Tuesday, December 30, 2008
He has always been enjoyable to converse with as long as we stay away from electronic topics, as he is quite capable of giving you the play-by-play of any video game, tv show, etc.
We were recently discussing the impact of grades on one's income (see rant from early December). He has the ambition of working at "Games Workshop" as a career. We informed him that people who do not do well in school work in minimum-wage jobs. He explained to us that he was going to work full wage, not minimum wage.
Monday, December 22, 2008
We all learned how to grow vegetables in Houston. Yummy!
Saturday, December 20, 2008
I finally put a wreath on the door. And got my nativity set out. But the neighbors are still worried. I can tell by the glances they shoot at our house when they gather in little groups at the bottom of the driveways to gossip. (Usually, I think our neighborhood full of retired people is quirky and charming - but usually, I'm not in their sights). The next one that asks is going to get an earful....
I've been under a little pressure this year. Its been building and building and I'm to the point where I need a sobfest for a couple of hourse to release all that frustration. For some reason, I haven't been able to make it happen. My family has a running joke (which I hate) that it's not Christmas until Kim cries....well this year should be a doozy - good thing I'm not going home.
1. I broke my foot in March and stubbornly kept walking on it so that by the time I agreed to see a doctor in July, I was stuck in a cast until October. 6 months of being cooped up. 6 months of not being able to function at the speed I am accustomed to. 6 months of falling behind.
2. I worked my tail off last school year and we missed being recognized by the state because we lacked 1 student passing the science exam. I am extremely discouraged. This year has been Mt. Everest in terms of the teachers being overwhelmed with staff changes and new IB programs, the students not having much English exposure, not making the connections, and just being mentally checked out. Probably due to PTSD that most of our students lost everything they owned in the flooding from Hurricane Ike (not much to begin with). However, try telling that to the upper-level school nazis that are pressuring us to get our scores up. I have had 2 district "visitors" in my lab this week. Yet I earned a performance bonus this year. I don't understand the politics involved- No Child Left Behind, you know.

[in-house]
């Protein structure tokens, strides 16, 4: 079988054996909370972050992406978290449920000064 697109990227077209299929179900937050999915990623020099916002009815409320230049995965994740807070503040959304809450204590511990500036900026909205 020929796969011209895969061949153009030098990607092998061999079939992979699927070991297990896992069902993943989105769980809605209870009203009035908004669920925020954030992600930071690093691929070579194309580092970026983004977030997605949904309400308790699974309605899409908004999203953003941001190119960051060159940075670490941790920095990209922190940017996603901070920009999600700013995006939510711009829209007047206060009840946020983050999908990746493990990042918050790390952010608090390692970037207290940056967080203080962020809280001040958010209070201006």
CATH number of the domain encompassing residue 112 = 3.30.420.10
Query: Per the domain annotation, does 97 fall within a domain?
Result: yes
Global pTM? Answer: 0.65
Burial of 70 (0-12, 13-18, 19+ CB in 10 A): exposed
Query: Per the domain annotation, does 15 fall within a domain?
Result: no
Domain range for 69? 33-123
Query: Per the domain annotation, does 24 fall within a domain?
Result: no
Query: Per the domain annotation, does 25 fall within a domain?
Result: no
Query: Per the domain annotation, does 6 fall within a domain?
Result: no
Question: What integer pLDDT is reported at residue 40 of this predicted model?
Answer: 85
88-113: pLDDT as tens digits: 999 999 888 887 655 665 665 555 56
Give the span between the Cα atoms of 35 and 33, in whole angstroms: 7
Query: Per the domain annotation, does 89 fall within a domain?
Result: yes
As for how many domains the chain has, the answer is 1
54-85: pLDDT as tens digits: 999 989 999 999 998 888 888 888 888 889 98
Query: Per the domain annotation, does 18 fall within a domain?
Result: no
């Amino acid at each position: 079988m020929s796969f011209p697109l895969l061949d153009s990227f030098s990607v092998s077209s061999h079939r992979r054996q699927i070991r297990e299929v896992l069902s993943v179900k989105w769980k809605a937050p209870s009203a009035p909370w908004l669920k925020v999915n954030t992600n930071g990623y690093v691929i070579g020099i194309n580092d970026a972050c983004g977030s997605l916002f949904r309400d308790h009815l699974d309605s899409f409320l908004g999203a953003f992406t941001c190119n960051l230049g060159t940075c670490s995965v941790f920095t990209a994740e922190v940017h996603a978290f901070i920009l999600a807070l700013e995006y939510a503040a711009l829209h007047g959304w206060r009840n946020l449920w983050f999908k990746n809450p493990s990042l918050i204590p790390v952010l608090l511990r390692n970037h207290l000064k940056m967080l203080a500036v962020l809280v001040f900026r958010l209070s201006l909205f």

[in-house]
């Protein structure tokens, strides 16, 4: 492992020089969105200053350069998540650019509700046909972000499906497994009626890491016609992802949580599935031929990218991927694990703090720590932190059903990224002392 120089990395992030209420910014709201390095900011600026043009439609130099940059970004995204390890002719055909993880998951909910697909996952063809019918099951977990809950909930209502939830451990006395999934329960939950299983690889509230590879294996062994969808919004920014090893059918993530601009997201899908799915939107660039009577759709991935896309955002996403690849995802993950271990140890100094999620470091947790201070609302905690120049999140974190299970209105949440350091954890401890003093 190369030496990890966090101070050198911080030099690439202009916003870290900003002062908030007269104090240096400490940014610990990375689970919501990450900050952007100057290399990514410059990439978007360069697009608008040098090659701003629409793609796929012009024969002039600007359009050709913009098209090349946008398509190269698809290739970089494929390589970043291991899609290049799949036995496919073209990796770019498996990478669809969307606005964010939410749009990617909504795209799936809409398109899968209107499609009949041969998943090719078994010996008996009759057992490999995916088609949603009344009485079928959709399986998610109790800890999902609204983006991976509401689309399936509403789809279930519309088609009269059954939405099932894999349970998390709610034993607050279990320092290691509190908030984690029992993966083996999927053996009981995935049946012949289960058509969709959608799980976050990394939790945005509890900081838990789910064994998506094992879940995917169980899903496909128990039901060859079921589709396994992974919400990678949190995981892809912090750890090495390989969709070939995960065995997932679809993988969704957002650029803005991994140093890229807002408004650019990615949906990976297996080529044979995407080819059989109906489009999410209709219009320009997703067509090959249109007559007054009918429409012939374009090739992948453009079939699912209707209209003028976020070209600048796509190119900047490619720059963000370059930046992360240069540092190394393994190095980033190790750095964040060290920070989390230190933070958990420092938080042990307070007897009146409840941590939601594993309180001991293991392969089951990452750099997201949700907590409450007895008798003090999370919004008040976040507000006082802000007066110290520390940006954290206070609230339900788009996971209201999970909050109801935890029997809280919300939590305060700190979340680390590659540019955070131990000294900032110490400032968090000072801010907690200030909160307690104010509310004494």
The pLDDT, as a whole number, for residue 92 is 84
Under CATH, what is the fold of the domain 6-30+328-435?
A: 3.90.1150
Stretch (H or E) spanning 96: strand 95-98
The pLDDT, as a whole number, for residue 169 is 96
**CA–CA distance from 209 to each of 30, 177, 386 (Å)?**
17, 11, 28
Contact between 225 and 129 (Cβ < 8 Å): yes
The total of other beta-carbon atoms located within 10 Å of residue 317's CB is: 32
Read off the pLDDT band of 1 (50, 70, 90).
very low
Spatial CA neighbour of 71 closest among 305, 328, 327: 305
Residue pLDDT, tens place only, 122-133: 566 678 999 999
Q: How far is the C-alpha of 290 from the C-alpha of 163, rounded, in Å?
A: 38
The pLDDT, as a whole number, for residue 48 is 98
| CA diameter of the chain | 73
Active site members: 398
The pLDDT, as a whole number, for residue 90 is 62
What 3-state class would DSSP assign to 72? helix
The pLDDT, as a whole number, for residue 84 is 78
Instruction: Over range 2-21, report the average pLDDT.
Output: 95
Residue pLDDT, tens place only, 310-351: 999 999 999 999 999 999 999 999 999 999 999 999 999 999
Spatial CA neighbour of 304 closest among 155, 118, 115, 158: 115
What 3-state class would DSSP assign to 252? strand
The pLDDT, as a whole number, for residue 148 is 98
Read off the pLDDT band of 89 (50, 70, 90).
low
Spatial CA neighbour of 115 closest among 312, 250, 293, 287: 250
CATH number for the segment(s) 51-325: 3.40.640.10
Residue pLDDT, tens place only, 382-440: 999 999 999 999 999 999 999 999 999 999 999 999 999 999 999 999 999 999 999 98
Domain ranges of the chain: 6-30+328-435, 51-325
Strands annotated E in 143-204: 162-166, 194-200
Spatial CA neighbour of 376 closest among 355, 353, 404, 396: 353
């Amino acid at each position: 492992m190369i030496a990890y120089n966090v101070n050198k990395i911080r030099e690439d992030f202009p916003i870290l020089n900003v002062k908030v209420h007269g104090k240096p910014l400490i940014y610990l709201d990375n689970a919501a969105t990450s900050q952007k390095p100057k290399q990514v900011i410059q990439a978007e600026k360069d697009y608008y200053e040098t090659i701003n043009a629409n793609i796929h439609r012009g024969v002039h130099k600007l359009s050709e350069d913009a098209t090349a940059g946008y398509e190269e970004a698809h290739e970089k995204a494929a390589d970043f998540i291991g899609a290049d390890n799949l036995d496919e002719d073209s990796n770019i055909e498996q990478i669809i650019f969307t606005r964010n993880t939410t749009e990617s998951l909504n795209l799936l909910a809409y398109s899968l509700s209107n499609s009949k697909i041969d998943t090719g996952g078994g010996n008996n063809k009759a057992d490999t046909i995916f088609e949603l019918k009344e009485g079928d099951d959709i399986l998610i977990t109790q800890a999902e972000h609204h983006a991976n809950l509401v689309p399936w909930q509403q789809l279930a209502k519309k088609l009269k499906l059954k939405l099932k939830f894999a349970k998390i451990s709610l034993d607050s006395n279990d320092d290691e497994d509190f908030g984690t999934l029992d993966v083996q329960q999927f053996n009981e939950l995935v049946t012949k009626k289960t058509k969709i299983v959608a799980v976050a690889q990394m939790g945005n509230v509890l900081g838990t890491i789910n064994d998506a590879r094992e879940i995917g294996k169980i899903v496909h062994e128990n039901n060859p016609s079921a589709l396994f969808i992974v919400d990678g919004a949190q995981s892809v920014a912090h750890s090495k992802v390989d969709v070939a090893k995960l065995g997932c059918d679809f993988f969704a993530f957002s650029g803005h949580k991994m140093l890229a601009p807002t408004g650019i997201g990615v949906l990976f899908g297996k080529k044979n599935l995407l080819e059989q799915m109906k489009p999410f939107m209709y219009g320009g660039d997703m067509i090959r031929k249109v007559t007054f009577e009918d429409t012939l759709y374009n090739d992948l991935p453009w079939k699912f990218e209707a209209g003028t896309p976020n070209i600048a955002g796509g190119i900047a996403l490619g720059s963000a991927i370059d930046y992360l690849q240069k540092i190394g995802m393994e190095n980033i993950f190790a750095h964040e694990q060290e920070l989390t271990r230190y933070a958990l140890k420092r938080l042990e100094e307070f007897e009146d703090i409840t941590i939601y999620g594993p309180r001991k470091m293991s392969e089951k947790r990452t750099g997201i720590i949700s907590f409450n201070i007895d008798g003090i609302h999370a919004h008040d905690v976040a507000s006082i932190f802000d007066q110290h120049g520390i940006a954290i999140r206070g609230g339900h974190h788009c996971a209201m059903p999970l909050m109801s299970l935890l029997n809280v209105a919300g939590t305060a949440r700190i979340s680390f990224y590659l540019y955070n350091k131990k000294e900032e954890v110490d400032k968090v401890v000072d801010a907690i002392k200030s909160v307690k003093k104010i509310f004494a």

3. My darling, sweet, wonderful son. Really, he is! However, parenting teens is not simple. (i know - i should expect that!) I just don't understand how an intelligent, loved child does his work in class and at home and DOES NOT TURN IT IN! He is literally driving me crazy. I knew this year might be more difficult because of the 7th grade state writing exam that causes his teachers to freak out since he has dysgraphia and shuts down when required to write. I purposefully cleared my after-school commitments for this school year to the bare minimum so that I would be available. He has given every excuse in the book for his non-achievement. He has happily informed me that he wants to be a 75 kind of guy, not a B or A type. The problem is when you shoot for a 75 you sometimes fall short so then you are a D or F kind of guy. He has a pattern of getting his grades up to acceptable levels and then not turning in anything the last week of the grading period which results in Ds and Fs. ARRRRGGGGHHHH! By then it is too late to fix it. As a result, he is grounded from all types of media until his grades are up. It is going to be a long, long, long holiday break. Plus, he won't be able to play with his 1 Christmas present.
4. Nate has done really well health-wise until October. His iron levels dipped again and he is back to the dizziness, fatigue, crabbiness, leg cramps, and sleeping 18 hours a day. It is all he can do to work and do his calling. I love him dearly and understand this, but sometimes I feel like a single parent. I wish there was a diagnosis so then we could find a cure for this darn anemia.
5. Speaking of that, my chronic psoriactic arthritis is on full-court press. I had to go back on the Enbrel so that I could walk, move my fingers, and function. Enbrel is a miracle - but it comes with a price (and not just financial). It blocks the function of my immune system, so I will catch every germ that comes my way. Not a good thing when you are an elementary school teacher. So how do I start my winter break? With a really, really bad cold. I understand that for some people, a cold is just an inconvenience, but not me...since my immune system doesn't fight as well, it tends to linger, and linger and turn to bronchitis or pneumonia. Plus while I'm sick I can't take the Enbrel so the arthritis returns.